I noticed at the start of the trimester that many of my first year students have dates of birth in 1993. In the spirit of similar lists I have seen over the years (and with the help of Wikipedia), I offer you a chance both to feel old and appreciate the perspective of those that are being taught in 2012. This is a rough guess at the paradigms of a student born in 1993: (With apologies to overseas readers for the Australian cultural bias.)
• Not only did the fall of the Berlin Wall occur some years before their birth, but they never co-existed with a place called the Soviet Union.
• The first Gulf War happened before they were born. And the 9/11 attacks plus the invasions of Afghanistan and Iraq happened in the middle of their primary school years.
• They’ve never used one or two cent coins.
• They never realised there was a first President George Bush.
• They are a few years younger than the TV series Home and Away. Even Sonic the Hedgehog is older than them.
• Big Brother holds no Orwellian overtones in their eyes.
• The Falklands War is as distant in time to their childhoods as the Cuban Missile Crisis was for many of us who teach them now.
• Who is Bob Hawke? John Howard won his first election when they were barely in pre-school.
• Shane Warne has been bowling all their lives. His “Ball of the Century” dismissal of Mike Gatting happened the year they were born.
• The Northern Ireland Good Friday Agreement was signed in their first term of Prep / Kindergarten.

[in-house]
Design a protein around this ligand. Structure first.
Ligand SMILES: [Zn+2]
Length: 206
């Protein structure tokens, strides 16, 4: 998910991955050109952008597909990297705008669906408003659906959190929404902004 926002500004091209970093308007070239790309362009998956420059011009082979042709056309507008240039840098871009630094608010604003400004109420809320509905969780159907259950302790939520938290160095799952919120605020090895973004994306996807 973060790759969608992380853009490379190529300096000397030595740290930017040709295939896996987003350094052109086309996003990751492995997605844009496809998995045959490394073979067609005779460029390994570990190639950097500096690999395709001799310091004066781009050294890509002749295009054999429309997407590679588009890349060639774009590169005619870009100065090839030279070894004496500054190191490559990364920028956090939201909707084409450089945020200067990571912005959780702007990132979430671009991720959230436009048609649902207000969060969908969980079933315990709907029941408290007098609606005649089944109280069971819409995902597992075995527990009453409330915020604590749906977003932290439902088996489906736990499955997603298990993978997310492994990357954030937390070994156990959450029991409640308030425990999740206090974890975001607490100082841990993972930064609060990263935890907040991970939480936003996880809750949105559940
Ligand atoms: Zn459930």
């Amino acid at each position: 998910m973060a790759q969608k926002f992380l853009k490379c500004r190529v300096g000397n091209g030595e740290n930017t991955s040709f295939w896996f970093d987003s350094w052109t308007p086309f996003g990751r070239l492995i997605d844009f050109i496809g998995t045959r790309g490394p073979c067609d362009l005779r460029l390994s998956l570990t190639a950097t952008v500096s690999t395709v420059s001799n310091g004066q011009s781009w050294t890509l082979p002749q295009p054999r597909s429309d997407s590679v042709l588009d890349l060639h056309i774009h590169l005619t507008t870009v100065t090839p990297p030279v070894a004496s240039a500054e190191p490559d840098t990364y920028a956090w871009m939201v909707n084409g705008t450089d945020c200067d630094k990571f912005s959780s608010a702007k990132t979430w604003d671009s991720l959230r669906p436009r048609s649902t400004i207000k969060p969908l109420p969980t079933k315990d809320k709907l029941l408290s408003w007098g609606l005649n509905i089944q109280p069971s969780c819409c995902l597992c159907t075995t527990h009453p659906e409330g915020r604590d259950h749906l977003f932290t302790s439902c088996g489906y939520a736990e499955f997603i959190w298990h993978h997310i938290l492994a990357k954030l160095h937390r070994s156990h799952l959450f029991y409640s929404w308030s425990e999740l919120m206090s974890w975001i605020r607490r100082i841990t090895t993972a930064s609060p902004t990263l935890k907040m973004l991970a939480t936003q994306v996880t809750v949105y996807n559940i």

• When they started high school the big three premiers were Steve Bracks, Bob Carr and Peter Beattie. The same year Schapelle Corby was convicted for drug smuggling and the Cronulla riots took place.
• The year they were born we were watching Jurassic Park, Schindler’s List and Mrs Doubtfire.
• The first time they ever used a computer it was probably running Windows 98. The first mobile phone they had for themselves was most likely an iPhone.
• For them, Nelson Mandela has always been free.
Naturally this is all rather patronising and arrogantly assumes that these young adults have never absorbed a skerrick of information in their whole lives. Obviously untrue. However I do find it useful to remind myself of some of the above chronologies when I am teaching. For if I make assumptions about what they do know, then I feel it risks making me less effective as a teacher.
Tossing off assumed cultural references can be alienating and unproductive in communicating a broader theme or issue. And it’s not just a case of ‘facts’, but world view. My 10 year old daughter asked me who Nelson Mandela was when the ageing ex-President was ill recently and figuring on the news. As I explained apartheid, she was genuinely mystified by the whole idea. Not because she didn’t have the facts, but because she had grown up in an environment where the concept of segregating people by race just wasn’t a consideration. It didn’t enter her mind that such a scheme would be plausible.
“That’s so lame!” she said. “What was the point of that?”
It’s of course nice that she has that interpretation of this part of human history. But a good teacher, especially when dealing with a region like the Middle East, needs to constantly review their own assumptions, lest they become a victim of their own date of birth.